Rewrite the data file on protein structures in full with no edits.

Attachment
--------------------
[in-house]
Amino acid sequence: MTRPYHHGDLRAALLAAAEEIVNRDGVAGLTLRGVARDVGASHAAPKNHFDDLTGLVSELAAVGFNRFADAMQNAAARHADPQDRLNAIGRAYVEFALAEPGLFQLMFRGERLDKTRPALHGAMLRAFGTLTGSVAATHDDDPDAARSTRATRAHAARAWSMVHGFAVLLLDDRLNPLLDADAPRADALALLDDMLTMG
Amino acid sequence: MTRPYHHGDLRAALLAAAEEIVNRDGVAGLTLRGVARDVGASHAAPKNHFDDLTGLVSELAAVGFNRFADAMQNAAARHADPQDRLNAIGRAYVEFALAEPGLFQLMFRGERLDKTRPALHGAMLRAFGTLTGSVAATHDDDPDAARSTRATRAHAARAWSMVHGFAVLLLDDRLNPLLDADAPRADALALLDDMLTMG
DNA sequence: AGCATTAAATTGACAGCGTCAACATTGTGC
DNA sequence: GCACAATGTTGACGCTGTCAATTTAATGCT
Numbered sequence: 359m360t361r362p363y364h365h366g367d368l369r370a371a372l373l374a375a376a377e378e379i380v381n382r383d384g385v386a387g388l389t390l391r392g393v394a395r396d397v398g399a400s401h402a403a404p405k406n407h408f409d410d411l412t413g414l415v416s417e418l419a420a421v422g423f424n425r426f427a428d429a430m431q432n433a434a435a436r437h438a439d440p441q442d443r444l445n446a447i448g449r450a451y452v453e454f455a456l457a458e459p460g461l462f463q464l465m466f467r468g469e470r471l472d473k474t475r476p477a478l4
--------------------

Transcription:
[in-house]
Amino acid sequence: MTRPYHHGDLRAALLAAAEEIVNRDGVAGLTLRGVARDVGASHAAPKNHFDDLTGLVSELAAVGFNRFADAMQNAAARHADPQDRLNAIGRAYVEFALAEPGLFQLMFRGERLDKTRPALHGAMLRAFGTLTGSVAATHDDDPDAARSTRATRAHAARAWSMVHGFAVLLLDDRLNPLLDADAPRADALALLDDMLTMG
Amino acid sequence: MTRPYHHGDLRAALLAAAEEIVNRDGVAGLTLRGVARDVGASHAAPKNHFDDLTGLVSELAAVGFNRFADAMQNAAARHADPQDRLNAIGRAYVEFALAEPGLFQLMFRGERLDKTRPALHGAMLRAFGTLTGSVAATHDDDPDAARSTRATRAHAARAWSMVHGFAVLLLDDRLNPLLDADAPRADALALLDDMLTMG
DNA sequence: AGCATTAAATTGACAGCGTCAACATTGTGC
DNA sequence: GCACAATGTTGACGCTGTCAATTTAATGCT
Numbered sequence: 359m360t361r362p363y364h365h366g367d368l369r370a371a372l373l374a375a376a377e378e379i380v381n382r383d384g385v386a387g388l389t390l391r392g393v394a395r396d397v398g399a400s401h402a403a404p405k406n407h408f409d410d411l412t413g414l415v416s417e418l419a420a421v422g423f424n425r426f427a428d429a430m431q432n433a434a435a436r437h438a439d440p441q442d443r444l445n446a447i448g449r450a451y452v453e454f455a456l457a458e459p460g461l462f463q464l465m466f467r468g469e470r471l472d473k474t475r476p477a478l4